To summarize, our proposed mechanism to control neuronal responsiveness, thalamocortical synaptic depression, spares the linearity of spatial summation of the neuron. Spatial averaging of temporally nonlinear inputs allows our model neuron to exhibit some well known linear properties of simple cells.
We have proposed a biophysical foundation for the control of cortical responsiveness, thalamocortical synaptic depression, which is alternative to the common view based on intracortical inhibition. The model that we propose successfully explains saturation, suppression, and other phenomena ascribed previously to intracortical inhibition.
Our model can also account for properties that would be hard to explain with intracortical inhibition. First, the model explains how suppression can operate within a few milliseconds (Fig. 5); the intracortical inhibition model would predict longer latencies. Second, our model explains how suppression from drifting gratings is equally strong for all orientations, whereas suppression from flashed bars is strong only at the preferred orientation (Fig. 6); the intracortical inhibition model would predict equal orientation tuning for both types of suppression. Third, our model explains why stimuli that elicit good responses in the LGN but poor responses in the V1, such as gratings with fast drift rates (Fig. 7) and white noise (Fig. 8), can give rise to powerful suppression; the intracortical inhibition model would predict weak suppression. Fourth, our model explains why suppression is immune to visual adaptation effects that follow prolonged stimulation (Freeman et al., 2002); the intracortical inhibition model would predict that suppression would be reduced after adaptation to the mask. Finally, because thalamic neurons are monocular, our model explains why suppression is strongest when both test and mask are delivered to the same eye (Ferster, 1981; DeAngelis et al., 1992; Walker et al., 1998); the intracortical inhibition model would have to rely on responses of other V1 neurons, which (in the cat) are primarily binocular (Hubel and Wiesel, 1962).
Nonetheless, there is a result that is predicted by intracortical inhibition but not by thalamocortical synaptic depression; it has been reported that blocking GABAA receptors removes cross-orientation suppression (Morrone et al., 1987). Blocking GABAA would not affect synaptic depression. However, this result is difficult to interpret. First, it primarily concerns local field potentials rather than the activity of single neurons. Second, it does not agree with the results of Nelson (1991b), who blocked GABAA and did not observe a reduction in the suppression caused by flashed bars. Third, GABA blockers alter the normal function of the local cortical circuit, with effects that range from a loss of selectivity (Sillito, 1975) to epileptogenesis (Chagnac-Amitai and Connors, 1989). Indeed, early conclusions drawn by similar experiments (Sillito, 1975) have later been challenged (Nelson et al., 1994).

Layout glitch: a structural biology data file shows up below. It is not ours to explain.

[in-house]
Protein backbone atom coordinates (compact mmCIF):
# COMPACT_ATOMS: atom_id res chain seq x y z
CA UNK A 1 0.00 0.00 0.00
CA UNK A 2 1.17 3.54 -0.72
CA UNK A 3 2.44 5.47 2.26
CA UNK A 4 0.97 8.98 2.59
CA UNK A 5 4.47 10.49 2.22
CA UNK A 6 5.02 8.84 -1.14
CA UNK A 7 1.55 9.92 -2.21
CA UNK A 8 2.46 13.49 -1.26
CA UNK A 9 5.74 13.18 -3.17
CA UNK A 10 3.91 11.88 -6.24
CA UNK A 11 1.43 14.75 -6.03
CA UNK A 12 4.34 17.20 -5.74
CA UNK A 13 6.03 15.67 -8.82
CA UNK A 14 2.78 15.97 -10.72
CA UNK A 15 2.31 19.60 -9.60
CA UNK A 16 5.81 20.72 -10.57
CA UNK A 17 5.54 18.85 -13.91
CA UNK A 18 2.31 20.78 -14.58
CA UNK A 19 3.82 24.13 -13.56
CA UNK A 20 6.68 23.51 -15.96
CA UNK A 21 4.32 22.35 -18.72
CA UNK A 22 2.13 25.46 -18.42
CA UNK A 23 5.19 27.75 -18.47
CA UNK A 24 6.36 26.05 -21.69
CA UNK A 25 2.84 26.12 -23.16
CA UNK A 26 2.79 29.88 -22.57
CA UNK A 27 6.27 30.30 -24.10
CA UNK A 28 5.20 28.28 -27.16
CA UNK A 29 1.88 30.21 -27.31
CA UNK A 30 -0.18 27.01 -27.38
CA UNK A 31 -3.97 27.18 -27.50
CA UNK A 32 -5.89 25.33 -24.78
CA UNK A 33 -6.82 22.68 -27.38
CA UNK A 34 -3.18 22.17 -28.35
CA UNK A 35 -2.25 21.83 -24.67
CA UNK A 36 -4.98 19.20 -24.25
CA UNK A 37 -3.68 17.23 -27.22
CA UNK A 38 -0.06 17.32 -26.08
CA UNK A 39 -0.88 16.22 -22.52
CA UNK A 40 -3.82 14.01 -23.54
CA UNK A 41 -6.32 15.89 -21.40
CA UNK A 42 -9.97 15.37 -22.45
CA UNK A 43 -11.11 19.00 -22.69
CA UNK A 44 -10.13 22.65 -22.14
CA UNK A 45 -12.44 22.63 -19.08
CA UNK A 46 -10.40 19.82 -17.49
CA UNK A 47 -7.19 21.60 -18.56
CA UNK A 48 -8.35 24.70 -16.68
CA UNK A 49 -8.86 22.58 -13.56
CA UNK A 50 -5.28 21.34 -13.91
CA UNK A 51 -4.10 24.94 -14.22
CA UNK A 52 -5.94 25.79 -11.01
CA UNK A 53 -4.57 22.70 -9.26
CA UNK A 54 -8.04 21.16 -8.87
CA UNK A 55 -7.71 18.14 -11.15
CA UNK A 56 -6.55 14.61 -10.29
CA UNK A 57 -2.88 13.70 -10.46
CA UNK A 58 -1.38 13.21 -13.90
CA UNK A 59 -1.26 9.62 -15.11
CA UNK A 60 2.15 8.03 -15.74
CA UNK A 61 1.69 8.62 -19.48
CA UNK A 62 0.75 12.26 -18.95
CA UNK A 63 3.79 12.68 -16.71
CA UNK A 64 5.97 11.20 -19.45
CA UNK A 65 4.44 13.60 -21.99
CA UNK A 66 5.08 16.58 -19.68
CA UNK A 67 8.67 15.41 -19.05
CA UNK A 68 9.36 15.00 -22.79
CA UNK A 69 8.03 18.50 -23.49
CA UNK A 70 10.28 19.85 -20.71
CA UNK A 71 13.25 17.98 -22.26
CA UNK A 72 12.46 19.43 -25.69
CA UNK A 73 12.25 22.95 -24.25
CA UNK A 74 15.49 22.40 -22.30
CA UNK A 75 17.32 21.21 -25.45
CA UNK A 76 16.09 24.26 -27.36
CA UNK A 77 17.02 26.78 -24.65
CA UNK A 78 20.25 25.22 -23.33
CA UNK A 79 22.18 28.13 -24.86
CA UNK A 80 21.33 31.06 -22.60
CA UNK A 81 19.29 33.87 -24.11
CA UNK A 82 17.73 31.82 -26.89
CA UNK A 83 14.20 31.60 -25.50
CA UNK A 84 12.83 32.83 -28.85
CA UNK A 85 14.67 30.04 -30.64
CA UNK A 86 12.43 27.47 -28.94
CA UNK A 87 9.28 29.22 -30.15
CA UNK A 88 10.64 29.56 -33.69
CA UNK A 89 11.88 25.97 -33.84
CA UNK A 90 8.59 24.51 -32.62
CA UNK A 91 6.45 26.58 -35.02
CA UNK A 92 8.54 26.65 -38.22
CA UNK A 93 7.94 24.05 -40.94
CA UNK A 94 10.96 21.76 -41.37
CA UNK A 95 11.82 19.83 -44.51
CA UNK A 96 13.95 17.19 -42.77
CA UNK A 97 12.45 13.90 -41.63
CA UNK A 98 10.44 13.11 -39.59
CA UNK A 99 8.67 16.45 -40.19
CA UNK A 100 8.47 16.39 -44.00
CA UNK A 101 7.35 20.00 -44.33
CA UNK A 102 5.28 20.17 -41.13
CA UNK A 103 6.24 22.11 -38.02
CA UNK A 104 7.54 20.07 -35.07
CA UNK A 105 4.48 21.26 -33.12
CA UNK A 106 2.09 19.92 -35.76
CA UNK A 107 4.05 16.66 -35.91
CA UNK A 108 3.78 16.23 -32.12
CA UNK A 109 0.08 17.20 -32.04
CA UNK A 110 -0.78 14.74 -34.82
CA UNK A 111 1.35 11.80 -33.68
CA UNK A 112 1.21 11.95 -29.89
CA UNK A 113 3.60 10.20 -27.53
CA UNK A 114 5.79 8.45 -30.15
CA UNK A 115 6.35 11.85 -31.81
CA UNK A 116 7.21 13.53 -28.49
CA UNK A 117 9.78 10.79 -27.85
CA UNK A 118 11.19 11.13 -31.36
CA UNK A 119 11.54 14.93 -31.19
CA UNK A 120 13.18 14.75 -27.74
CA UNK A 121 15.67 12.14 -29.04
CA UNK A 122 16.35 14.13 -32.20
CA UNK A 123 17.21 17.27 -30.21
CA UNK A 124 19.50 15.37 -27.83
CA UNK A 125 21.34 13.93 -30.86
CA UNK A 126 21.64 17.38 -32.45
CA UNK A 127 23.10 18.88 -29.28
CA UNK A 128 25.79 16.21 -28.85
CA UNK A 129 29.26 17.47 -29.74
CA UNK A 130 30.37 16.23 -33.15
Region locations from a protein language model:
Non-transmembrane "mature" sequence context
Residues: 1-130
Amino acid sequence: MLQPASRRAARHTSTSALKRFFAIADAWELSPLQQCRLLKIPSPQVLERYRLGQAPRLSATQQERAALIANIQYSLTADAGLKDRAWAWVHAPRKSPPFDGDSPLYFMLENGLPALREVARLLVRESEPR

Mechanisms controlling cortical responsiveness
In addition to cross-orientation suppression, there are two classes of phenomena considered to be primarily cortical and to control the responsiveness of V1 neurons: surround suppression and visual adaptation. Both are likely to be explained by mechanisms different from synaptic depression.
Surround suppression is the phenomenon whereby mask stimuli located somewhat outside the classical receptive field of a neuron can reduce responses of V1 neurons to test stimuli located in the receptive field (for review, see Fitzpatrick, 2000). Thalamocortical synaptic depression does not predict this surround suppression, because a distant mask would cause depression in different synapses from those that relay signals from the test. In fact, surround suppression is likely to originate from a different mechanism than cross-orientation suppression (DeAngelis et al., 1992, 1994; Sengpiel et al., 1998) and to be caused by intracortical inhibition (Hubel and Wiesel, 1965). Unlike cross-orientation suppression, surround suppression is: (1) strongest when test and mask have the same orientation (Blakemore and Tobin, 1972; DeAngelis et al., 1994), (2) dichoptic (i.e., can be obtained with test in one eye and mask in the other eye) (DeAngelis et al., 1994), (3) slower than that of visual responses to stimuli in receptive field (Smith et al., 2001), and (4) absent in a sizeable portion of V1 neurons (DeAngelis et al., 1994). Measurements of membrane conductance (Anderson et al., 2001) and experiments involving inactivation of layer 6 with GABA (Bolz and Gilbert, 1986; Grieve and Sillito, 1991) further support the intracortical explanation of surround suppression.